20 February 2016

Focusing On Kingpins Is A Bad Way To Fight Organized Crime

It is an article of faith in many law enforcement circles that the secret to fighting organized crime is to take down the kingpins who run organized crime organizations.  Unfortunately, this widely adopted strategy, in practice, is one of the worst.  Consider the case of Mexico:
At least 18,650 people were murdered in Mexico in 2015. That is a 7.6 percent increase over 2014. The murder rate for 2015 was 16 per 100,000. The high point during the Calderon Administration (2006-12) was 20 per 100,000. Guerrero state remains the most violent. Its murder rate is 57 per 100,000. 
When Calderon was in charge he pursued a “kingpin strategy” which concentrated on cartel leaders and sought to arrest them or kill them while attempting to arrest them. The current president (Pina) initially criticized the kingpin strategy. However, once in office, Pena has followed a very similar path. By 2015 security forces had killed or captured several senior leaders in the Knights Templar, Sinaloa, Los Zetas and Gulf cartels. At that point it was believed that there were only two major cartels left. 
For many this was astonishing good news. Here is the bad news: several hundred “cartel factions” or splinter cartel cells are still engaged in violent organized criminal activities. This new claim contrasts sharply with another recent government assessment which said nine major cartels and around 45 smaller organized criminal gangs were operating in the country.
By comparison, in 2014, the U.S. murder rate was 4.5 per 100,000 and Louisiana was the state with the highest murder rate, 10.3 per 100,000.  The murder rate in Colorado (which has the most liberal marijuana laws in the nation), where I live, was 2.8 per 100,000.

Empirically, it is clear that taking down kingpins with a militarized approach to drug dealing organizations increases the violence of organized crime, which is the most important reason that we care about organized crime.  Columbia's drug war efforts took a similar approach to Mexico many years earlier, with similar results.  Indeed, Columbia lost effective control of much of its interior territory for something like a decade as a result and has only regained control with what amounts to diplomatic efforts in the last couple of years.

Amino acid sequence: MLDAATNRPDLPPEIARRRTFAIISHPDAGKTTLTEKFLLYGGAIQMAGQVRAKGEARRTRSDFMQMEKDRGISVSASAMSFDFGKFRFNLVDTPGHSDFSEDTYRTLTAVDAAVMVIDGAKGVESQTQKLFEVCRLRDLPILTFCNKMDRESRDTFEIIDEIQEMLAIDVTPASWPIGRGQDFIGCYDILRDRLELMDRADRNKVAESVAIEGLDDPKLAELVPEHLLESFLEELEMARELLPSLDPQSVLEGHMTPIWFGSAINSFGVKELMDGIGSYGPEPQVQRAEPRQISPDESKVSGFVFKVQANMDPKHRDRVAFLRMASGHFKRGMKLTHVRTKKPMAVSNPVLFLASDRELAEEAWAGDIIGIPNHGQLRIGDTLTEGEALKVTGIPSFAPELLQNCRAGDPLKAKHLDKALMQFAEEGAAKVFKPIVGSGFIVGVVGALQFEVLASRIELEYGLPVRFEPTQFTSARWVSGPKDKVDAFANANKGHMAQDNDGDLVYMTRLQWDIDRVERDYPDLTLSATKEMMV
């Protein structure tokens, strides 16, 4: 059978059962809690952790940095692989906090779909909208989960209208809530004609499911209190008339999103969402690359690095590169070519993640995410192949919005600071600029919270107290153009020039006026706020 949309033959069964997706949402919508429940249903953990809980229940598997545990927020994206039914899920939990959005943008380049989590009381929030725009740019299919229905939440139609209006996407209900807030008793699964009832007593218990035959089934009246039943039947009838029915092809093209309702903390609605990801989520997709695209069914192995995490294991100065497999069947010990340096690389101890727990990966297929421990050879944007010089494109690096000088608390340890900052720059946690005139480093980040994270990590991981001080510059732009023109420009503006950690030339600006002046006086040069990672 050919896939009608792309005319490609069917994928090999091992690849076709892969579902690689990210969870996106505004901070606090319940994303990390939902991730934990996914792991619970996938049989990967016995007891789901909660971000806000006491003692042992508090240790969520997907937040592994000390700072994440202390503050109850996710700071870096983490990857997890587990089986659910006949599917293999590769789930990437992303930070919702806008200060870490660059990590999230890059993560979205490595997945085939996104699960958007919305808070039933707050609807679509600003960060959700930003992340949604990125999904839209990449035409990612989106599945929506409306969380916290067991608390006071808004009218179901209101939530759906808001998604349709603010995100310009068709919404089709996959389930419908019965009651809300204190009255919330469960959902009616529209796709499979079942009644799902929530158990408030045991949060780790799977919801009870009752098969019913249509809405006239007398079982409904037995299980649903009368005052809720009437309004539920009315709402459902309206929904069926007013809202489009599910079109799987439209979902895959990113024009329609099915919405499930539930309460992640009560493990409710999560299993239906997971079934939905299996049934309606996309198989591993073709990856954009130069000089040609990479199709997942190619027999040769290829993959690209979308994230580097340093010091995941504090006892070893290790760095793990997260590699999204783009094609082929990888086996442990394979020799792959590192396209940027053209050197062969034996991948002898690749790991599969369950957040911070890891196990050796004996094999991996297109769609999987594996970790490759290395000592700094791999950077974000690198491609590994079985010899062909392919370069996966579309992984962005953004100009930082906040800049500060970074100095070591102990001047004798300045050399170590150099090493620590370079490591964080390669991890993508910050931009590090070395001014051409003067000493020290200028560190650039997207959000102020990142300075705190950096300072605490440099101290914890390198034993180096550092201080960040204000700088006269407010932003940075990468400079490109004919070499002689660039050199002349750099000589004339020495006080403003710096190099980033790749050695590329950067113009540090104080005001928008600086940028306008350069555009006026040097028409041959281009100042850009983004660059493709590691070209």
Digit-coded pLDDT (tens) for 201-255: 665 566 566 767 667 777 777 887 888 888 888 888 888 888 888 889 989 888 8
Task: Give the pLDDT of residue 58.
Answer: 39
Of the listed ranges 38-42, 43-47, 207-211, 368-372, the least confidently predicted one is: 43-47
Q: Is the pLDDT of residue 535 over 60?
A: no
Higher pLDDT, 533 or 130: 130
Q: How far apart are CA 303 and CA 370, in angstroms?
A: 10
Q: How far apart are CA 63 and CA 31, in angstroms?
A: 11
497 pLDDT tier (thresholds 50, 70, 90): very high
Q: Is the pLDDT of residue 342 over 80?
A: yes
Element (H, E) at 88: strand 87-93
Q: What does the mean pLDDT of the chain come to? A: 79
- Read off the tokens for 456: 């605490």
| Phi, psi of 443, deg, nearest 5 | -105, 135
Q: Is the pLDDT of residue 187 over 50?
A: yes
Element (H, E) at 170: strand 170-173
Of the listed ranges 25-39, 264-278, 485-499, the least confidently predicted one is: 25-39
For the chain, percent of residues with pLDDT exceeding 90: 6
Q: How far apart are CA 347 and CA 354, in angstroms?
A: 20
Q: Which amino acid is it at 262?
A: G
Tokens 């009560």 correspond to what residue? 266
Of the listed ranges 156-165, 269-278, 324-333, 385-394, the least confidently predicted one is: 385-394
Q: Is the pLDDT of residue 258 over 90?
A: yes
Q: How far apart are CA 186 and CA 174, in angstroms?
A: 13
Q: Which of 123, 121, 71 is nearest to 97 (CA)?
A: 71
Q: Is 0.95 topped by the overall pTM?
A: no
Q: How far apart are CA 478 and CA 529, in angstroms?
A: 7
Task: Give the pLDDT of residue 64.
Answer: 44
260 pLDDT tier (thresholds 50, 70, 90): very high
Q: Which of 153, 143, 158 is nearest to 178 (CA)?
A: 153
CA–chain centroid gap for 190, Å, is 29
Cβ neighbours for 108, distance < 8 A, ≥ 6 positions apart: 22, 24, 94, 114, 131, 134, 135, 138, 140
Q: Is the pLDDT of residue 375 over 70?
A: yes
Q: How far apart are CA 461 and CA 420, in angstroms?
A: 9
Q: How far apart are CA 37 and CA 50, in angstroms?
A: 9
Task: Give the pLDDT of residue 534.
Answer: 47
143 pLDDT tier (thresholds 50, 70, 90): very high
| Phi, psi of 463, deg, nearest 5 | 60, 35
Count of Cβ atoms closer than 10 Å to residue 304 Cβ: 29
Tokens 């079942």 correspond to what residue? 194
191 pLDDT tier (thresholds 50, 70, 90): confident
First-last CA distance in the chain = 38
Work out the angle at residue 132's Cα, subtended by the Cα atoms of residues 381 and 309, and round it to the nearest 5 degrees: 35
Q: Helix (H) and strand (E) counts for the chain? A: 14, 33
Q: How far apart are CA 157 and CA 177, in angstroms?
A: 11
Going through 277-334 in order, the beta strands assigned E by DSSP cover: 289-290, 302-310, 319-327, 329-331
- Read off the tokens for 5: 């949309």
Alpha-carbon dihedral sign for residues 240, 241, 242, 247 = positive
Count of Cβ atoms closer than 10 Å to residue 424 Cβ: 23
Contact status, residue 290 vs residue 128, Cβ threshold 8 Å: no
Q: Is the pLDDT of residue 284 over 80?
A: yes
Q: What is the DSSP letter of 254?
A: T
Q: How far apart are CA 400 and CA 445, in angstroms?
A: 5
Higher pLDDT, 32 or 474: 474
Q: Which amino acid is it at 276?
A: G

Kingpins come into being to organize economic crimes (vice, loan sharking, smuggling, tax evasion, and "protection rackets" are some of the most common) that are already rampant, in order to make it more profitable, usually by reducing violence between smaller criminal gangs and by mitigating law enforcement interest in the crimes with economic incentives, and reducing political will to fight the economic crimes by reducing its impacts on the neighborhoods where the economic crimes takes place.

By comparison, U.S. efforts to reduce methamphetamine production through regulatory oversight of legal pharmacies by closely monitoring purchases of Sudafed, an over the counter drug that was once widely used to synthesize meth, has been very effective. Maintenance drug based approaches to substance abuse have been much more successful at treating drug addiction and preventing recidivism among people convicted of drug crimes, while the mainstays of incarceration and Alcoholics Anonymous are not effective.

Public health agency driven limited legalization and/or harm reduction approaches to drugs in Portugal, the Netherlands and Switzerland have likewise been effective.

The most effective single measure ever to reduce tax fraud in the United States, at the recommendation of the late Milton Friedman, was information reporting of business transactions which is usually done these days via IRS Form 1099, a preventative administrative measure, rather than a law enforcement or military approach.

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